Holidays are a busy time of year for anyone, let alone horse owners.

 Between the shopping, the visiting, the parties, and gift wrapping, it’s enough to stress the most even-keeled horse owner. If you consider yourself to be…well…the chillaxed type except for around the holidays you’re not alone. The holidays can be tough on horse owners. Despite our best intentions, we feel that we can’t get enough done.

Here are few tips to survive…and maybe even enjoy… the holidays with your family, your friends, and your horses.

Time Management Tips: Time management is at the top of my list. The more you do, the more you think you should do. The list just keeps growing. Here’s how to close the gap between what you think you should do and what you can do.

  • Make a list. Check it twice. Then cross off at least a third without doing it. You might be the type that makes a list in the morning when you’re feeling energetic and then by late afternoon you feel overwhelmed. Pick at least three things on your list that no-one would notice if you didn’t complete them.  
  • Limit gift giving. We all cave to peer pressure when it comes to gift giving. You’d think peer pressure wouldn’t matter, but we stress about whether our gifts will ‘measure up’. Start a trend and keep it small and simple. Keeping it small and simple can actually challenge you to focus on what is important, spending time with those you love.
  • Pick two holiday events that you want to attend and say no to all the rest. If you feel guilty turning down invitations, suggest a post-holiday get together when things aren’t as hectic.  
  • Schedule unplugged time for your horse even if you can’t ride. Sit in your horse’s stall, talk to him, brush him, daydream. Leave your phone in the car and give him what he really needs; your undivided attention.
  • Pencil in ‘spending time with my horse’ on your calendar and stick with it. This is your gift to yourself and your horse, a time to recharge. Everyone in your life, including your horse, will appreciate you taking care of yourself first.  


Decorating: I love to decorate the barn for the holidays. I’m sure you do, too. Here are a few safety tips.

  • Hang all garlands, wreaths, and decorations well out of reach of your most curious horse. Garlands, wreaths, and kissing balls may include toxic plants like yew or mistletoe. Even small amounts can be fatal to horses.
  • All electrical plugins for lights should be UL rated for indoor/outdoor use. Be sure your horse cannot reach the wires. Check last year’s lights for signs of wear and tear or rodent damage before hanging.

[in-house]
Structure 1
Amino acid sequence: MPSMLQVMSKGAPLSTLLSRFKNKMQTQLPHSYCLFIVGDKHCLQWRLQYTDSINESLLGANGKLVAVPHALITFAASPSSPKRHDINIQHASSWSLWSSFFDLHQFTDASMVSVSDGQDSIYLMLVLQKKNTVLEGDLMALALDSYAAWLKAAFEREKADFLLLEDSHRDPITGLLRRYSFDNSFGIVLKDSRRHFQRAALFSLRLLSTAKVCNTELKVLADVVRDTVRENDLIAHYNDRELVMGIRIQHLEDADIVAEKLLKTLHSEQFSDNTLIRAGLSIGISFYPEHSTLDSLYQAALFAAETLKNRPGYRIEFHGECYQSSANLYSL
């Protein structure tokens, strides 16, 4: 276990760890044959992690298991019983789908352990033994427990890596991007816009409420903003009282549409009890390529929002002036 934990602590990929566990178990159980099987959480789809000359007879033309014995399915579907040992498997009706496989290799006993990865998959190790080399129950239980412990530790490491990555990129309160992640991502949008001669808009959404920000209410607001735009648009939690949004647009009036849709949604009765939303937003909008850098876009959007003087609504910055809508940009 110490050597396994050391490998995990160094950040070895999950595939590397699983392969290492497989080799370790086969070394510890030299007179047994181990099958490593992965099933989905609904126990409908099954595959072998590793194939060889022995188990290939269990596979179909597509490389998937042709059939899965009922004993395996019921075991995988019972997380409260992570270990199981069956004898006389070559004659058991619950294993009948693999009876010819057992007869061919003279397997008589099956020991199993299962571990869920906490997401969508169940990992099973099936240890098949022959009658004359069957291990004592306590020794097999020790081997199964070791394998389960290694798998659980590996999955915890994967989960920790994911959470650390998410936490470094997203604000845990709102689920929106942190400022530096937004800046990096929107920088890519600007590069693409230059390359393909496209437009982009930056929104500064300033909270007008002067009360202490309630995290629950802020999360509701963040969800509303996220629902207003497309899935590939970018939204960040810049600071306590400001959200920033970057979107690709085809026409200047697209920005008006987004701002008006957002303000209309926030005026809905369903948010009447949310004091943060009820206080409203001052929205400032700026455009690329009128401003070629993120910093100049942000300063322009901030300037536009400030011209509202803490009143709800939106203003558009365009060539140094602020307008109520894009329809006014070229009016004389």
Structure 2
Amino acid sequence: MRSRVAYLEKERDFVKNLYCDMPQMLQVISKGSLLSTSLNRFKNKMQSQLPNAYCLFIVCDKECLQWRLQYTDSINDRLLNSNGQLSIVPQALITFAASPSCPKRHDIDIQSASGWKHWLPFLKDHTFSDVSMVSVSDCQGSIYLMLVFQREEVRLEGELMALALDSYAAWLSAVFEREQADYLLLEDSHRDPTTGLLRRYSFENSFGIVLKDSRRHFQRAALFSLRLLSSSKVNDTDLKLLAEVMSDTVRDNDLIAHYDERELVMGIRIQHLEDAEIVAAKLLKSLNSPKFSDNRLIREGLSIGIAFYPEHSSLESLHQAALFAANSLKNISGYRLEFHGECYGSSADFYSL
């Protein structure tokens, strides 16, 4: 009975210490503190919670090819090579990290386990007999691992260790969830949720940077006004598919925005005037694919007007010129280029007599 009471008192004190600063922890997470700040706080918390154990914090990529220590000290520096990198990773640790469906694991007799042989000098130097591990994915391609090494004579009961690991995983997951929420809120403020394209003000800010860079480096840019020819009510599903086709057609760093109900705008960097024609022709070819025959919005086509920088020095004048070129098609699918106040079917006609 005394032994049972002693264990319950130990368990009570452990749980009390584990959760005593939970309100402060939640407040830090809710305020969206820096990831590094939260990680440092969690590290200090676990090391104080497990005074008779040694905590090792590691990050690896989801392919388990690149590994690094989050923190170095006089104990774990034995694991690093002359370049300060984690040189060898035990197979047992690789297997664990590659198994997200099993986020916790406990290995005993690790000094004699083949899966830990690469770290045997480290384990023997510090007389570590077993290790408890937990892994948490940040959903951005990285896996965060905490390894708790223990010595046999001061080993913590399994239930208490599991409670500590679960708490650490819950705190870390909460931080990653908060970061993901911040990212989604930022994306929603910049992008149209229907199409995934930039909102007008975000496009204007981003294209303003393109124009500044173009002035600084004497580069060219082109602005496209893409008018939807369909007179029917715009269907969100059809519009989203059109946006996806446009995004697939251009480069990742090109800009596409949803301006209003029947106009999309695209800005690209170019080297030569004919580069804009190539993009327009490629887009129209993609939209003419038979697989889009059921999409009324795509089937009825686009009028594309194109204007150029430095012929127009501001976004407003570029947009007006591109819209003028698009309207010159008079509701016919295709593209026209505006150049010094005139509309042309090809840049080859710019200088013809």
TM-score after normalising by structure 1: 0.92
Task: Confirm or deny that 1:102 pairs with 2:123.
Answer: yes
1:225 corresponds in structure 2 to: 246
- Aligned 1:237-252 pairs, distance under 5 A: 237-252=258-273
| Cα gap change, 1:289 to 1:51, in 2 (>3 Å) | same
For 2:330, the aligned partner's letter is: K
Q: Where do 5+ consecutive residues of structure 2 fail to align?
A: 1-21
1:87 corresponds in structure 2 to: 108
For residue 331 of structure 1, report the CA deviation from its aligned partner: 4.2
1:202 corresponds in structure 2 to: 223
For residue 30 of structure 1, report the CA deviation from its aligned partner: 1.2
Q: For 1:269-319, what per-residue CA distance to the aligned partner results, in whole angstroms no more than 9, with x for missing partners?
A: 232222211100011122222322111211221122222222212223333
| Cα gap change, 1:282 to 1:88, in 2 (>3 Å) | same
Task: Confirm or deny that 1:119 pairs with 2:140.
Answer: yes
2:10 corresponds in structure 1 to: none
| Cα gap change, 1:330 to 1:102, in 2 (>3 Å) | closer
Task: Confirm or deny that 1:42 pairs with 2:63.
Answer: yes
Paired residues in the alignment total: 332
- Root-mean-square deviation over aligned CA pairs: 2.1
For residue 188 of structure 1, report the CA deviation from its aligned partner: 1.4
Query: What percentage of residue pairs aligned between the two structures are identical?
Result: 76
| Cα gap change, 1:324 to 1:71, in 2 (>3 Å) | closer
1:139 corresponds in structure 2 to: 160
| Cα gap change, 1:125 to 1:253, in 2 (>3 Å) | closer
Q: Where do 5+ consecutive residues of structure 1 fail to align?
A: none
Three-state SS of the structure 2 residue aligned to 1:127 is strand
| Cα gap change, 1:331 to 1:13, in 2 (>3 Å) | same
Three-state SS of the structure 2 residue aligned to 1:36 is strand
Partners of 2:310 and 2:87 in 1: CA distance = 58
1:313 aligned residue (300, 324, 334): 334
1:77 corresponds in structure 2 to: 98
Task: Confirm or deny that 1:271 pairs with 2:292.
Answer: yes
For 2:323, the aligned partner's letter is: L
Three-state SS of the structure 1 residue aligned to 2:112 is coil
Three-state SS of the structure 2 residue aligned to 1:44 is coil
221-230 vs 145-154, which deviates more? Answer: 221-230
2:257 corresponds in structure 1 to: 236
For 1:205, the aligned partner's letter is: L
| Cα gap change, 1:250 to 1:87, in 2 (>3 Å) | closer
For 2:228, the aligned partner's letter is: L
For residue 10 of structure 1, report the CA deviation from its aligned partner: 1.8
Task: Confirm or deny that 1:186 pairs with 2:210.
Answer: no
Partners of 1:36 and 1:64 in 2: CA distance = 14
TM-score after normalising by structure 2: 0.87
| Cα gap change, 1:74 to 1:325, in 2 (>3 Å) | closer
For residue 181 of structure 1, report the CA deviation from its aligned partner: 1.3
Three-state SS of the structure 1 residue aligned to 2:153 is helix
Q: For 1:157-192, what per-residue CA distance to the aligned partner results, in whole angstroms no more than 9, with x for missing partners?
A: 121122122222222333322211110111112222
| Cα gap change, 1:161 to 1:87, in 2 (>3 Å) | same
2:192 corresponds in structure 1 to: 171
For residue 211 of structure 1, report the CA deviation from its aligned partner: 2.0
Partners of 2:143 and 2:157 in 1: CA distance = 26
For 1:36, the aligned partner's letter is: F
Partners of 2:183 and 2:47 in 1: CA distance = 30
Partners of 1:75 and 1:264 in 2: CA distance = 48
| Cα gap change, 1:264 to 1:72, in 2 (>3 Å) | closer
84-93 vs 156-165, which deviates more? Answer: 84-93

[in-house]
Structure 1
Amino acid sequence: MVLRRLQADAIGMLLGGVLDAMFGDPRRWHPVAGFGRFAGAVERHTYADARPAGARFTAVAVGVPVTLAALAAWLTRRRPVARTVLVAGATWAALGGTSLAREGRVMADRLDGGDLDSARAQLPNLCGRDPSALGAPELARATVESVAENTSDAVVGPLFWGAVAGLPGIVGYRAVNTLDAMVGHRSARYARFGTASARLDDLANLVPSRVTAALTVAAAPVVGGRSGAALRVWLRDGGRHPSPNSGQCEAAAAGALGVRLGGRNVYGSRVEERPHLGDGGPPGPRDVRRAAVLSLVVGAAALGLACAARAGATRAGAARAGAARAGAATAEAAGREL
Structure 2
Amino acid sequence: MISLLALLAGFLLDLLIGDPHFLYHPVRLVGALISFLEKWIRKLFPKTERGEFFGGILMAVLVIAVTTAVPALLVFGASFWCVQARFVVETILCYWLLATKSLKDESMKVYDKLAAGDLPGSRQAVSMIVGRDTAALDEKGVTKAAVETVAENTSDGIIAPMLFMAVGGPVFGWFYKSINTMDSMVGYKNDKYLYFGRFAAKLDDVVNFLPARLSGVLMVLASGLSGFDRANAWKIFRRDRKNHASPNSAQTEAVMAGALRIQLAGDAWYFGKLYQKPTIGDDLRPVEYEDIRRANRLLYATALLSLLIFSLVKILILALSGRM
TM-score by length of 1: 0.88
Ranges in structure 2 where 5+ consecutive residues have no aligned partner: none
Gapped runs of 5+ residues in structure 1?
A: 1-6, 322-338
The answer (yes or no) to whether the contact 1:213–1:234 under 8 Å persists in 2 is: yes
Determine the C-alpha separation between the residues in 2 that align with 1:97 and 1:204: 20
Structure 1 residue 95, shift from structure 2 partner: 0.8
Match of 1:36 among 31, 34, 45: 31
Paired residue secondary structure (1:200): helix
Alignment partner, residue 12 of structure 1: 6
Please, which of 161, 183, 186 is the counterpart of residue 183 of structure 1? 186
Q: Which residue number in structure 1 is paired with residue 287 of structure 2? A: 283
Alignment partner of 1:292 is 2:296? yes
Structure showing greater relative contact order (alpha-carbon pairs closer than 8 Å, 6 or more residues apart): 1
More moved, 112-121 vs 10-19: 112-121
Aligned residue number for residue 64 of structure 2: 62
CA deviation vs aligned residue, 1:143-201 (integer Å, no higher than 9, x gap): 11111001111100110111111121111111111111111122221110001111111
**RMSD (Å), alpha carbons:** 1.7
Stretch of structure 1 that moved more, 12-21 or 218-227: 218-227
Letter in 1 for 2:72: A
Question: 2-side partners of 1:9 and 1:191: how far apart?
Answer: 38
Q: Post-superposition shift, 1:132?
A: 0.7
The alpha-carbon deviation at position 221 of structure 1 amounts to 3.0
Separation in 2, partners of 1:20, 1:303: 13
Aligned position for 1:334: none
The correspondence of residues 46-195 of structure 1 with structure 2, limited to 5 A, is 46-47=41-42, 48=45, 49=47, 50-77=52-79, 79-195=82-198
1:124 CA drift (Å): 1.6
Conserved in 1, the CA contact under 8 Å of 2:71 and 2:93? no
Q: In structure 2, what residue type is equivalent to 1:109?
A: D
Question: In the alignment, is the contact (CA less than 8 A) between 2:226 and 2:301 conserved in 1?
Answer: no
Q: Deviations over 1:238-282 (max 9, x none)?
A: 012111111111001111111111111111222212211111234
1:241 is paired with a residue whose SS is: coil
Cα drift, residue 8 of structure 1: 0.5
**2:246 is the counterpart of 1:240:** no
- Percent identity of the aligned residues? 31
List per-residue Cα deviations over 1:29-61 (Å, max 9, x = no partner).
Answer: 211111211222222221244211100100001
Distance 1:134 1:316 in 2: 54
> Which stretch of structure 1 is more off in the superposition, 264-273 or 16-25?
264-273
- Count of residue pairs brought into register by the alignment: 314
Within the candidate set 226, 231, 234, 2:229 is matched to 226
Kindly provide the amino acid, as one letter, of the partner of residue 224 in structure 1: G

• Turn off all holiday lights at night and when you are not at home.
  • LED lights are a great choice for hanging in barns. LED bulbs burn cooler than regular bulbs and are more cost-effective.
  • Keep holiday decorations low-key so as not to scare the horses. Some horses may be spooked by giant reindeers or a bouncing snowman. Handling horses can get pretty dicey.

Horse Treats: Everyone loves to give their horses treats at the holidays. If you’re making treats, here is a partial list of natural and safe ingredients.

  • Carrots
  • Apples
  • Molasses
  • Hemp oil- a nutritious additive packed with Omega-3 and Omega-6.
  • Flaxseed oil and flax seed
  • Unpasteurized honey-packed with antioxidants. The darker the honey, the more antioxidants.
  • Cinnamon
  • Dried cranberries
  • Raisins
  • Herbal tea
  • Whole oat flour or whole wheat flour
  • Oats
  • Small amounts of baking soda or baking powder
  • Peppermint crushed (not a health food, but horses love them!)

Here’s an easy holiday treat recipe: Let us know how your horse likes them!  

1 c. shredded carrots

1c. grated or crushed apple

2 tbls applesauce (unsweetened)

½ c. raisins

¼ c. molasses

1c. oats

1 tsp. cinnamon

1 c. whole oat flour

Preheat oven to 350°. Combine all ingredients and form into 1 inch balls. Bake for 20-25 minutes on a parchment lined baking sheet or until golden brown. The parchment paper provides more even baking and a non-stick surface.  

Happy Holidays to all of you and be sure to share your holiday photos and stories with us!


Debbie Disbrow

Pour yourself a cup of coffee, pull up a chair, and join me. I would like to invite and welcome you to our horse farm! My name is Debbie, the matriarch of our Disbrow family and company, RAMM. I am a daughter of the King, wife, mother, company owner, and longtime equestrian. I truly look forward to sharing ideas and thoughts with you. As horse owners learn one from another, I look forward to meeting you and learning more about your thoughts at the farm. Laugh much & ride often! Connect with Debbie on LinkedIn